I’m so tired of all the pointless noise and digitized chatter around us — I just want to read books that matter, that make a real connection.
For example, I pulled from my shelf this week an old blue Crest Book paperback novel, The Night in Lisbon. This is by Erich Maria Remarque, the German author better known for the World War I story All Quiet on the Western Front, but I remembered reading Lisbon some years ago and being very struck by it. The story deals with two refugees who meet on the waterfront in Portugal’s capital in 1942, when, as the narrator says, “every ship was an ark.”
Remarque was a great writer, concerned with the real things that overwhelmed his time and place; and the opening paragraph of this novel is so good that I had to stop and read it over three or four times.
I stared at the ship. Glaringly lighted, it lay at anchor in the Tagus. Though I had been in Lisbon for a week, I hadn’t yet got used to its carefree illumination. In the countries I had come from, the cities at night were black as coal mines, and a lantern in the darkness was more to be feared than the plague in the Middle Ages. I had come from twentieth-century Europe.
Honestly, the depth of these images, the power of the word choices and the phrasing. The ship, which will sail tomorrow for the United States, is not just lit up but glaringly lighted. The furtive, hunted refugee, as he turns out to be, can’t get used to the carefree illumination — by implication, both of the ship and of Lisbon, one of the few free cities left on the continent.
Then I had to stop and imagine what it would have been like, living or fleeing from — just trying to survive — cities that at night were black as coal mines, where a lantern in the darkness was more terrifying than the Black Plague.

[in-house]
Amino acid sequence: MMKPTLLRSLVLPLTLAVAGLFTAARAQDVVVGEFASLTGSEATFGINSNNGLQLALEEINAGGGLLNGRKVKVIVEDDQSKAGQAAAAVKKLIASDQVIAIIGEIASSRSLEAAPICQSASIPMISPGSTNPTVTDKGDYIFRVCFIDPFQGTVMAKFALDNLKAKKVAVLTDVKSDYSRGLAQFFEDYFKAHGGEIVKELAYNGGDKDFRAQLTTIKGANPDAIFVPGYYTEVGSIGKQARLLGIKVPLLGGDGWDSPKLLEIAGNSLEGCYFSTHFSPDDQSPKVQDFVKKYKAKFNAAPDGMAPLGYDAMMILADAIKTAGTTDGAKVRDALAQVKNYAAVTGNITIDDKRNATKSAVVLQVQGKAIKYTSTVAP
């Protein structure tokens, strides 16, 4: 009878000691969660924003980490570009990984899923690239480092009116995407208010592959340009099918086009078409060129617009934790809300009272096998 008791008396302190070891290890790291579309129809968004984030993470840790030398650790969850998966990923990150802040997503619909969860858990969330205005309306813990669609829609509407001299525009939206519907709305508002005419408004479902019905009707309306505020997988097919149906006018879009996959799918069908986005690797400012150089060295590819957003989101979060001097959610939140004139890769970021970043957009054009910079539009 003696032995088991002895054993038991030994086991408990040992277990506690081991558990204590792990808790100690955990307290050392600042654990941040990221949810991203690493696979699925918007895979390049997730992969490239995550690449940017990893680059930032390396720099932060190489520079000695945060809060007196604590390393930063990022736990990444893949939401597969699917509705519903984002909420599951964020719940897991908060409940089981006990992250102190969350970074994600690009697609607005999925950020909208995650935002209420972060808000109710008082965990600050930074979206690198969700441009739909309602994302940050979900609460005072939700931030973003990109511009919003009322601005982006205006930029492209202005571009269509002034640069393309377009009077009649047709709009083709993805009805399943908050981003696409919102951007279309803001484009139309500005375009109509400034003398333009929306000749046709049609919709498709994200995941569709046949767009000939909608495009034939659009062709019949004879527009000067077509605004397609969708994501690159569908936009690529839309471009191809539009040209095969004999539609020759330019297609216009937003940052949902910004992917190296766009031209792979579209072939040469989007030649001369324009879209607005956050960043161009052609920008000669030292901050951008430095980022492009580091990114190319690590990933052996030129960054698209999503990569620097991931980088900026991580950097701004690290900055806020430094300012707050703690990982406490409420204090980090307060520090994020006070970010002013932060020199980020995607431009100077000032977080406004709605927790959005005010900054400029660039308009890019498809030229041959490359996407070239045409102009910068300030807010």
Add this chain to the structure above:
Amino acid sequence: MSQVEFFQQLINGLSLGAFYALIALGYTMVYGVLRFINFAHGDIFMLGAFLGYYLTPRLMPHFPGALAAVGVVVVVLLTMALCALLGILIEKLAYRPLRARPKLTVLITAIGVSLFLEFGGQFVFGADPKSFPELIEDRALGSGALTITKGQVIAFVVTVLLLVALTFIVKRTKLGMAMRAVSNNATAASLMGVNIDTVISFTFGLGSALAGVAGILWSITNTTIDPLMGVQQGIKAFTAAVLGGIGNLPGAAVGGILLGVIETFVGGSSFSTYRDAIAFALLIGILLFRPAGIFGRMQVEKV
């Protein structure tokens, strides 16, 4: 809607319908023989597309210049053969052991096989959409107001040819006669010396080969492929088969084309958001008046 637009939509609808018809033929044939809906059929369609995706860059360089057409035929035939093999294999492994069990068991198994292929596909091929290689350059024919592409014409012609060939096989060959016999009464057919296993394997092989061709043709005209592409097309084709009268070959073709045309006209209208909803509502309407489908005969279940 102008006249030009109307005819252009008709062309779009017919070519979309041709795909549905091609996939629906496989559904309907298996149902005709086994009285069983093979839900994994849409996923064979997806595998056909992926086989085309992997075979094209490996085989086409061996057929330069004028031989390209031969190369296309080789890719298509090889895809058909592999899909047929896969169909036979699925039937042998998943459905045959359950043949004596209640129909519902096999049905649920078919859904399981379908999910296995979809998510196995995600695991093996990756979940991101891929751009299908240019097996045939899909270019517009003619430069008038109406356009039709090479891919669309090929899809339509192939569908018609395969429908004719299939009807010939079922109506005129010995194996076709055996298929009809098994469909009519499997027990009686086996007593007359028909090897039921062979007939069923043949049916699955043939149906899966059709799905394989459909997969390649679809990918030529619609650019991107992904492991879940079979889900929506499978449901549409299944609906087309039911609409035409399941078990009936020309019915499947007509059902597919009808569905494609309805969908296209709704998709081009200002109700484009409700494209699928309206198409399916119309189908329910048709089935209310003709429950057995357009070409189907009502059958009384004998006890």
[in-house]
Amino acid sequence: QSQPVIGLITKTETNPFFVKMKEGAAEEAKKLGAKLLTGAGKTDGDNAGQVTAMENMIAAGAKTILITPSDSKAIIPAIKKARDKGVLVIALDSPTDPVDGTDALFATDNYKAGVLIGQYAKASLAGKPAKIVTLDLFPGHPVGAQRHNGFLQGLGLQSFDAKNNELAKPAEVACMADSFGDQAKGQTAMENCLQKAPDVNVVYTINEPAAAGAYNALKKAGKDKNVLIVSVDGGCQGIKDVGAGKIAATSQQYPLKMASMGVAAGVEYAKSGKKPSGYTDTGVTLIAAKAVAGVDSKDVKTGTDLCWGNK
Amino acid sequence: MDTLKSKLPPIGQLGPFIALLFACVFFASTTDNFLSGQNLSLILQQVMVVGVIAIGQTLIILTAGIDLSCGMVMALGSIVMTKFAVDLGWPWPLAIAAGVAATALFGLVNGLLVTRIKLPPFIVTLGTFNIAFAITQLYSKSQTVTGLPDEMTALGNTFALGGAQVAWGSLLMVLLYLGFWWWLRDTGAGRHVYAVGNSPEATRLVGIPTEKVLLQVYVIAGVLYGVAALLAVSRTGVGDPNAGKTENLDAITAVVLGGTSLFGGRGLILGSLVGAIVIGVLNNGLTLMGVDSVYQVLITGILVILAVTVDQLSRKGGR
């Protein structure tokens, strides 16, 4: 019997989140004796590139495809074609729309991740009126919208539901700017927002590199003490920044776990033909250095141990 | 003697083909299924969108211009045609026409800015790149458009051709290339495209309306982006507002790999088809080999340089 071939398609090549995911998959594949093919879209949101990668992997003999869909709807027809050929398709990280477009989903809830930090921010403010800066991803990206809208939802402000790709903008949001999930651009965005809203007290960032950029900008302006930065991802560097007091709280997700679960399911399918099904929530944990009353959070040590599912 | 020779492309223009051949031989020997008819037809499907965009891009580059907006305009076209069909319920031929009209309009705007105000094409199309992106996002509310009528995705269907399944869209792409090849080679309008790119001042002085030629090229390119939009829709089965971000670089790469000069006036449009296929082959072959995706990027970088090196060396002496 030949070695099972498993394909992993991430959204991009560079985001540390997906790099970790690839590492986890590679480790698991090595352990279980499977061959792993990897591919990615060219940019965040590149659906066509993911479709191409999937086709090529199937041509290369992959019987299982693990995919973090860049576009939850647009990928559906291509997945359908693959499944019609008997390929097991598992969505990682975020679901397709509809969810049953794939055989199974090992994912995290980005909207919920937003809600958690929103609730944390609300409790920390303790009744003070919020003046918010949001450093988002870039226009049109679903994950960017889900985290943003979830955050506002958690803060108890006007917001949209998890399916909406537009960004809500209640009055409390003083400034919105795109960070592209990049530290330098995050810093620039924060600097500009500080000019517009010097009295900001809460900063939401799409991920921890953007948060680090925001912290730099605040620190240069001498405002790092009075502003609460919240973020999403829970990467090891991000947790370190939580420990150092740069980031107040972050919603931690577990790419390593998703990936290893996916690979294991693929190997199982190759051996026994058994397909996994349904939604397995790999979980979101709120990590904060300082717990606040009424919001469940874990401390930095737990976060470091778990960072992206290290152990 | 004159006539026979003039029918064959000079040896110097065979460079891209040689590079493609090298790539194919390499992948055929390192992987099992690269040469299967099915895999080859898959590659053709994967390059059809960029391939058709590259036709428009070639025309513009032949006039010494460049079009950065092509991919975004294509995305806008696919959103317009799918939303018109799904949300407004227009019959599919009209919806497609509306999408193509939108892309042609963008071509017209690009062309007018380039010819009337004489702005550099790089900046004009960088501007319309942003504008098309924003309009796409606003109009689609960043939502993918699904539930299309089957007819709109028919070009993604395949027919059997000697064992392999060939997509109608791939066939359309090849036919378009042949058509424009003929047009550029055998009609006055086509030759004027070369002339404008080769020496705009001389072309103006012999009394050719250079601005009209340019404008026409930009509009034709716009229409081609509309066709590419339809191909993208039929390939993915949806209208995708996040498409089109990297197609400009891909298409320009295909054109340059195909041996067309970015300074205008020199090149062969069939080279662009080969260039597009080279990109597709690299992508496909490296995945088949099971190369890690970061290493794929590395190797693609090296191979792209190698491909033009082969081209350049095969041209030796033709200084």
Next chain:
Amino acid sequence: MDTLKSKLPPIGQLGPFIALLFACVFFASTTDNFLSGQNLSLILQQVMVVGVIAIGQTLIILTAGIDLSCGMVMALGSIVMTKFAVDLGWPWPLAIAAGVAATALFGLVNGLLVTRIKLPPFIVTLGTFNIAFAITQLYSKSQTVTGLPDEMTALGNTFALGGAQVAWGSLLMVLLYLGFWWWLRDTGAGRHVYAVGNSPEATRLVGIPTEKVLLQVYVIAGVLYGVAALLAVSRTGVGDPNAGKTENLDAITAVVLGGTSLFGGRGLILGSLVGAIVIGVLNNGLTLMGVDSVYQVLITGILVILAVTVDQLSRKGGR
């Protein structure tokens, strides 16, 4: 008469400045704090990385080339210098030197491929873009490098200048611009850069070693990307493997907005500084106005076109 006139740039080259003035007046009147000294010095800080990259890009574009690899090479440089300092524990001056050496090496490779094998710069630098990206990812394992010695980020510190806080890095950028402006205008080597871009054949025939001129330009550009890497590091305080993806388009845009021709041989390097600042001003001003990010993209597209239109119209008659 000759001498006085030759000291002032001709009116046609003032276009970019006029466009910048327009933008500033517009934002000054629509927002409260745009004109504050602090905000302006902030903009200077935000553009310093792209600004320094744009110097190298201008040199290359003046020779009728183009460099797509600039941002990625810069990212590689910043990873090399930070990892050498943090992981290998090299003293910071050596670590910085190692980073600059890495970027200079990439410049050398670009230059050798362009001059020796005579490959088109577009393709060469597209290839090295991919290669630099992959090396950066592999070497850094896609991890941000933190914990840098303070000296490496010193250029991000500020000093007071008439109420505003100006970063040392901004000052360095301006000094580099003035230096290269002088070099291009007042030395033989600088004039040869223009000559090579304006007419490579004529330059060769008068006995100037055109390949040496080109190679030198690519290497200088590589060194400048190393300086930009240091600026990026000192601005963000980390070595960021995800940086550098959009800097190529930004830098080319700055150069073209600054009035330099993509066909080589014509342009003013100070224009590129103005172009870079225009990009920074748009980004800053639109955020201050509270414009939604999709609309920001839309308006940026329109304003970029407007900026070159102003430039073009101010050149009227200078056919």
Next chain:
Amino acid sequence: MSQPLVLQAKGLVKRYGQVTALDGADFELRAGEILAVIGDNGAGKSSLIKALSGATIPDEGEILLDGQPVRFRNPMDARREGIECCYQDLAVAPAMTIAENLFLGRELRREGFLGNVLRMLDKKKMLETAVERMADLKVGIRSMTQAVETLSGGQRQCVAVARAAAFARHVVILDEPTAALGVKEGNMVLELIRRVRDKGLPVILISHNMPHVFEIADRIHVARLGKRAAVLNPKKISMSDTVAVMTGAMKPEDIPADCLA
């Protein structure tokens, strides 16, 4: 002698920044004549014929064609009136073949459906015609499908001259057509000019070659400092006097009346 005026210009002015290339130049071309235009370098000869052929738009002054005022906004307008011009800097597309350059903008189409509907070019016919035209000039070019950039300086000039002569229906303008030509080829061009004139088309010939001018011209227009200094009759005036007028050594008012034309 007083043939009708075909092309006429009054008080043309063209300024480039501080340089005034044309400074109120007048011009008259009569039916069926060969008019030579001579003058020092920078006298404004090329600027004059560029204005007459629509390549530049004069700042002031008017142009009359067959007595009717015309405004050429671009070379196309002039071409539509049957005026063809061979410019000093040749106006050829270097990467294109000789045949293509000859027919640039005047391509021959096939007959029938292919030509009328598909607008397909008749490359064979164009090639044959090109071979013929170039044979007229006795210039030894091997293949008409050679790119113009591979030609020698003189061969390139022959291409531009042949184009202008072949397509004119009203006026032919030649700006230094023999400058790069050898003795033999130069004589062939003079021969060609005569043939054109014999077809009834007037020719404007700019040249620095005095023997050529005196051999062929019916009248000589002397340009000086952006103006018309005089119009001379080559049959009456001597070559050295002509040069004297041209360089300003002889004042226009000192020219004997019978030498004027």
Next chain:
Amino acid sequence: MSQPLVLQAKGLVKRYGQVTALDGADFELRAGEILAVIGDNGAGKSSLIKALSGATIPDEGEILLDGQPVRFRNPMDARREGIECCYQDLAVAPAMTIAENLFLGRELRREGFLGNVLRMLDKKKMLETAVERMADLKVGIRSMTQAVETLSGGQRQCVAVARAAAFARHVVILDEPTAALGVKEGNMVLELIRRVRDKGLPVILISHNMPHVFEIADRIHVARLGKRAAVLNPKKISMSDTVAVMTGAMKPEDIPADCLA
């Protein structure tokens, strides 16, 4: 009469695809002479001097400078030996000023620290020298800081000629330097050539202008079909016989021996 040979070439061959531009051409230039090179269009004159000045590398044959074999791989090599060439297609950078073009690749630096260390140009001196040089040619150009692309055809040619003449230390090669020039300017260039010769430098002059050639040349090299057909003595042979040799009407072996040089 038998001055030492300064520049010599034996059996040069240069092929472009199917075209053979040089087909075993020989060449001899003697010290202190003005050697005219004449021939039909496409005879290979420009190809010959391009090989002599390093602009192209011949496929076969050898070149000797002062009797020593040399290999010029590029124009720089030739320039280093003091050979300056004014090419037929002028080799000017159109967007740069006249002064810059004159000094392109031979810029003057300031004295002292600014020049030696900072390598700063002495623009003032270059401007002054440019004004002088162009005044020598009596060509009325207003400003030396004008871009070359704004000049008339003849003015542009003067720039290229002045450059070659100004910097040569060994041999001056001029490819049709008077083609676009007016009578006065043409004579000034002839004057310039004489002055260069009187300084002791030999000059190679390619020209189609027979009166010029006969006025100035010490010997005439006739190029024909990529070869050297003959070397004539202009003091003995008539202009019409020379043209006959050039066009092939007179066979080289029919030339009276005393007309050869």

All that within the first paragraph! And it’s fair to say that the story which follows amplifies, explores, and steadily deepens the resonations of emotion and meaning that its opening puts across. It’s not a long story, and there’s an absence in it of pyrotechnics — what there is instead is an odyssey toward freedom, bound by love between a husband and wife who never thought they would be together again, and oppressed at every moment by fear and deadly danger.
As I read it, the story keeps coming up with these quiet moments in which something very real comes through with a vibrating originality — as when the narrator, having snuck back into his hometown to find his wife just before the war breaks out, talks with a doctor who was his childhood friend, and who stayed here as Nazism took over:
“‘And how is it here? With everything except the one thing that counts?’
“‘Not so good,” he said. ‘Not so good, Josef. But shiny on the surface.’”
I don’t care if Renee Zelwegger’s face looks different. I only hear empty fear in the Ebola hysteria, and I'm fatalistic about whether the Republicans can lie their way to controlling the Senate. I’m just tired of it all. I see more that's worth the effort in reading a book like The Night in Lisbon, where things come through that mean something; where the words strike chords that ring more deeply, and truly, than any of the constant noise I’m hearing all around me.